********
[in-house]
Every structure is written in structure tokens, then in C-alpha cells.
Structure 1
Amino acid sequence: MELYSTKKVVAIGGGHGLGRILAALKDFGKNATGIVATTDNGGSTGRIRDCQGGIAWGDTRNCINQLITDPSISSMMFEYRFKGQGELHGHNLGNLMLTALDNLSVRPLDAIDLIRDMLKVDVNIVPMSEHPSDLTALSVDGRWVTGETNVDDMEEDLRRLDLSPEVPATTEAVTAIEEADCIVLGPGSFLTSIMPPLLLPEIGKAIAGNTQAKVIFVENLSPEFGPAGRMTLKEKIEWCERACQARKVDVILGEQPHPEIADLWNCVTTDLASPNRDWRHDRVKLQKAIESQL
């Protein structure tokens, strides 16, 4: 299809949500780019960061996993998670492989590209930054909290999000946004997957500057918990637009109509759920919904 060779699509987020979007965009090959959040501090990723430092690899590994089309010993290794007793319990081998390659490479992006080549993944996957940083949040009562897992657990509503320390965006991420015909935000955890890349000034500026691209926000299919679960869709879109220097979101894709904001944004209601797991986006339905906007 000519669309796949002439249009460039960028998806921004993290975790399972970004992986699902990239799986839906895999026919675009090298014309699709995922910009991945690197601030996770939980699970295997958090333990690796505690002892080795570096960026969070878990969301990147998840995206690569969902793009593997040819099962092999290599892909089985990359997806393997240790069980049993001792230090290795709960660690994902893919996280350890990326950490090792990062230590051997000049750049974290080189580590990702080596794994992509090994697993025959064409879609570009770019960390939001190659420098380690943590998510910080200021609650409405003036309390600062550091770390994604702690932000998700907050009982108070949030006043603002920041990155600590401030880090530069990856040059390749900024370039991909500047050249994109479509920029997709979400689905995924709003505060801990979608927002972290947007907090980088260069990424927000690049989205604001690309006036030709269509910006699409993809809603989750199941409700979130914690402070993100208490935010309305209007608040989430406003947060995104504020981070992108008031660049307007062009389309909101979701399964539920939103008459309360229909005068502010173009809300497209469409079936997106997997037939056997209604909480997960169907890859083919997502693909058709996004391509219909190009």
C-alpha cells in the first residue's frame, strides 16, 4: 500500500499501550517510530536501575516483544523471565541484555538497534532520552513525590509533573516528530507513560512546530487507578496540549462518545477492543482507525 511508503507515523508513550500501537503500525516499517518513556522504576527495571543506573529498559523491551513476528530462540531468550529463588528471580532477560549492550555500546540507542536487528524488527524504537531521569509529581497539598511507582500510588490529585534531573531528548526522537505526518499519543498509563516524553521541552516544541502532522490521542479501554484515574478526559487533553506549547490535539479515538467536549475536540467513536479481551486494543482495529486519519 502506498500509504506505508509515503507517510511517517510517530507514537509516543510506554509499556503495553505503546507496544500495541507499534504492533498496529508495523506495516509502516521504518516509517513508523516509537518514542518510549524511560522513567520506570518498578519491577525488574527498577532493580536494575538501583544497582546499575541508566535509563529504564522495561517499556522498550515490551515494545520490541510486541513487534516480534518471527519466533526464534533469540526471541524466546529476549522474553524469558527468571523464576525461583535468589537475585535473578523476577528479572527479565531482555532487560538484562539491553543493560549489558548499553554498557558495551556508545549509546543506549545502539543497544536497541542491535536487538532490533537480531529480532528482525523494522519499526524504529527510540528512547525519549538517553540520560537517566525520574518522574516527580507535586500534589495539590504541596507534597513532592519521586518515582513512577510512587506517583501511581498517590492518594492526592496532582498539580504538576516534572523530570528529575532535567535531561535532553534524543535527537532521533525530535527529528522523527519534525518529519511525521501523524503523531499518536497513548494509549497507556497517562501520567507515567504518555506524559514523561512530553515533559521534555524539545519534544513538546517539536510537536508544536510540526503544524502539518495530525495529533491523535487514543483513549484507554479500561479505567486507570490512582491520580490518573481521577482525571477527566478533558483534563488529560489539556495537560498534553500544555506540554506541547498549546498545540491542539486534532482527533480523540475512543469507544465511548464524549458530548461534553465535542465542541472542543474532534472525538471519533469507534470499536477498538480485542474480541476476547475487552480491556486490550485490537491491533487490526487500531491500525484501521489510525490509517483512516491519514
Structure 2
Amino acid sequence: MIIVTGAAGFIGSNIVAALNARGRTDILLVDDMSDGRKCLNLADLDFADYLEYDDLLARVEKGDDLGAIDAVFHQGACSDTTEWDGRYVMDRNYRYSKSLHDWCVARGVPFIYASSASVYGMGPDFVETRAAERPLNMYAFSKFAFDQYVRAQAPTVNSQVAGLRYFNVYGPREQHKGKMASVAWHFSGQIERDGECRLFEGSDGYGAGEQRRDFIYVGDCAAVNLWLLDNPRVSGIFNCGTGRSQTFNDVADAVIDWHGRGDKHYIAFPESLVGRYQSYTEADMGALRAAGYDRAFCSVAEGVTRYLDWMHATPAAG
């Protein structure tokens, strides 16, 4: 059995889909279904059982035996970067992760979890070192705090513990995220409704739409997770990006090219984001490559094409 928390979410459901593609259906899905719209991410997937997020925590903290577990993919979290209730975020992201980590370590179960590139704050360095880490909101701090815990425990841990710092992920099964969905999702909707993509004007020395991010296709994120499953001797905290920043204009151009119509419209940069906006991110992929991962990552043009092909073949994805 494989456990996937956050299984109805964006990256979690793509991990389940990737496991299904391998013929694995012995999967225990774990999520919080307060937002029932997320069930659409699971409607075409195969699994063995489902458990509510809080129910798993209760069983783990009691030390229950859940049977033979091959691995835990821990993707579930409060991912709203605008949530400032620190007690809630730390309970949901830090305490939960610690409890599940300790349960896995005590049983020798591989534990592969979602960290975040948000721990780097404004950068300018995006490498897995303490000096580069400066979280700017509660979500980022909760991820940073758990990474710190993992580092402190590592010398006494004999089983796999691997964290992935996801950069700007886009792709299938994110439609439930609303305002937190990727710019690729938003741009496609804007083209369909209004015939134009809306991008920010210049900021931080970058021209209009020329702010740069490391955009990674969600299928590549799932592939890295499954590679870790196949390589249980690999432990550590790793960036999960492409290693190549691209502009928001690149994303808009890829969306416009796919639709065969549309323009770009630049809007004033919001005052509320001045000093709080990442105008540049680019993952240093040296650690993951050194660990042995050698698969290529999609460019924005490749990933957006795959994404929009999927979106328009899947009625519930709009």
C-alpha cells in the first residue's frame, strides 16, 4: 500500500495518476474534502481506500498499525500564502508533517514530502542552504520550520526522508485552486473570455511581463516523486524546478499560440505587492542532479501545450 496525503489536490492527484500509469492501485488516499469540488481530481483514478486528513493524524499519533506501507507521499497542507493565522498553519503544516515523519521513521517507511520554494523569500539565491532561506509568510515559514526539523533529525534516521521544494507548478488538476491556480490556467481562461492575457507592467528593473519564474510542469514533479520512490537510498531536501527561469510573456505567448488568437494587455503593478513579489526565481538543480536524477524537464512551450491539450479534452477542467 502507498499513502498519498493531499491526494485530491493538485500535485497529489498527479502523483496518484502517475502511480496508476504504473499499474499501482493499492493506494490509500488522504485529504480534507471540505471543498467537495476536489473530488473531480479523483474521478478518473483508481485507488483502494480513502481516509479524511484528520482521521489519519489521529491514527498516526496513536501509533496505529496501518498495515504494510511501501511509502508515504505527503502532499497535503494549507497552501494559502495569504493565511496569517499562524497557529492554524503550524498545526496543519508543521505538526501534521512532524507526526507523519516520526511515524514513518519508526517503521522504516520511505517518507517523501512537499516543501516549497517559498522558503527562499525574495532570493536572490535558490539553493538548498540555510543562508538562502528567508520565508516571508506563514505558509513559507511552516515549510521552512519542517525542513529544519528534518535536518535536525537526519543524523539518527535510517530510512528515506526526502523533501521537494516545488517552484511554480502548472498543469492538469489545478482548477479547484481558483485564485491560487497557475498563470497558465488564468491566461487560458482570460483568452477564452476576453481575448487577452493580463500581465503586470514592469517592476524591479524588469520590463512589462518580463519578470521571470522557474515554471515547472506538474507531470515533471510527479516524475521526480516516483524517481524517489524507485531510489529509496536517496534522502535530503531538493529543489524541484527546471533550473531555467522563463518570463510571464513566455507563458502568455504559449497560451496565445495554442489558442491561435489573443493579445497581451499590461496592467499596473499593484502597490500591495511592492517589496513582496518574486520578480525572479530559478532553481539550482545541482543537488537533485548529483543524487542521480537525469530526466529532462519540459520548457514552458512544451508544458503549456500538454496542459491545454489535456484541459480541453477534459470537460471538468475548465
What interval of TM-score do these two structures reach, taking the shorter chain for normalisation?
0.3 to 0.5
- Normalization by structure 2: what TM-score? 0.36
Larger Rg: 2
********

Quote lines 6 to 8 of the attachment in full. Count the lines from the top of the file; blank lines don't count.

C-alpha cells in the first residue's frame, strides 16, 4: 500500500499501550517510530536501575516483544523471565541484555538497534532520552513525590509533573516528530507513560512546530487507578496540549462518545477492543482507525 511508503507515523508513550500501537503500525516499517518513556522504576527495571543506573529498559523491551513476528530462540531468550529463588528471580532477560549492550555500546540507542536487528524488527524504537531521569509529581497539598511507582500510588490529585534531573531528548526522537505526518499519543498509563516524553521541552516544541502532522490521542479501554484515574478526559487533553506549547490535539479515538467536549475536540467513536479481551486494543482495529486519519 502506498500509504506505508509515503507517510511517517510517530507514537509516543510506554509499556503495553505503546507496544500495541507499534504492533498496529508495523506495516509502516521504518516509517513508523516509537518514542518510549524511560522513567520506570518498578519491577525488574527498577532493580536494575538501583544497582546499575541508566535509563529504564522495561517499556522498550515490551515494545520490541510486541513487534516480534518471527519466533526464534533469540526471541524466546529476549522474553524469558527468571523464576525461583535468589537475585535473578523476577528479572527479565531482555532487560538484562539491553543493560549489558548499553554498557558495551556508545549509546543506549545502539543497544536497541542491535536487538532490533537480531529480532528482525523494522519499526524504529527510540528512547525519549538517553540520560537517566525520574518522574516527580507535586500534589495539590504541596507534597513532592519521586518515582513512577510512587506517583501511581498517590492518594492526592496532582498539580504538576516534572523530570528529575532535567535531561535532553534524543535527537532521533525530535527529528522523527519534525518529519511525521501523524503523531499518536497513548494509549497507556497517562501520567507515567504518555506524559514523561512530553515533559521534555524539545519534544513538546517539536510537536508544536510540526503544524502539518495530525495529533491523535487514543483513549484507554479500561479505567486507570490512582491520580490518573481521577482525571477527566478533558483534563488529560489539556495537560498534553500544555506540554506541547498549546498545540491542539486534532482527533480523540475512543469507544465511548464524549458530548461534553465535542465542541472542543474532534472525538471519533469507534470499536477498538480485542474480541476476547475487552480491556486490550485490537491491533487490526487500531491500525484501521489510525490509517483512516491519514
Structure 2
Amino acid sequence: MIIVTGAAGFIGSNIVAALNARGRTDILLVDDMSDGRKCLNLADLDFADYLEYDDLLARVEKGDDLGAIDAVFHQGACSDTTEWDGRYVMDRNYRYSKSLHDWCVARGVPFIYASSASVYGMGPDFVETRAAERPLNMYAFSKFAFDQYVRAQAPTVNSQVAGLRYFNVYGPREQHKGKMASVAWHFSGQIERDGECRLFEGSDGYGAGEQRRDFIYVGDCAAVNLWLLDNPRVSGIFNCGTGRSQTFNDVADAVIDWHGRGDKHYIAFPESLVGRYQSYTEADMGALRAAGYDRAFCSVAEGVTRYLDWMHATPAAG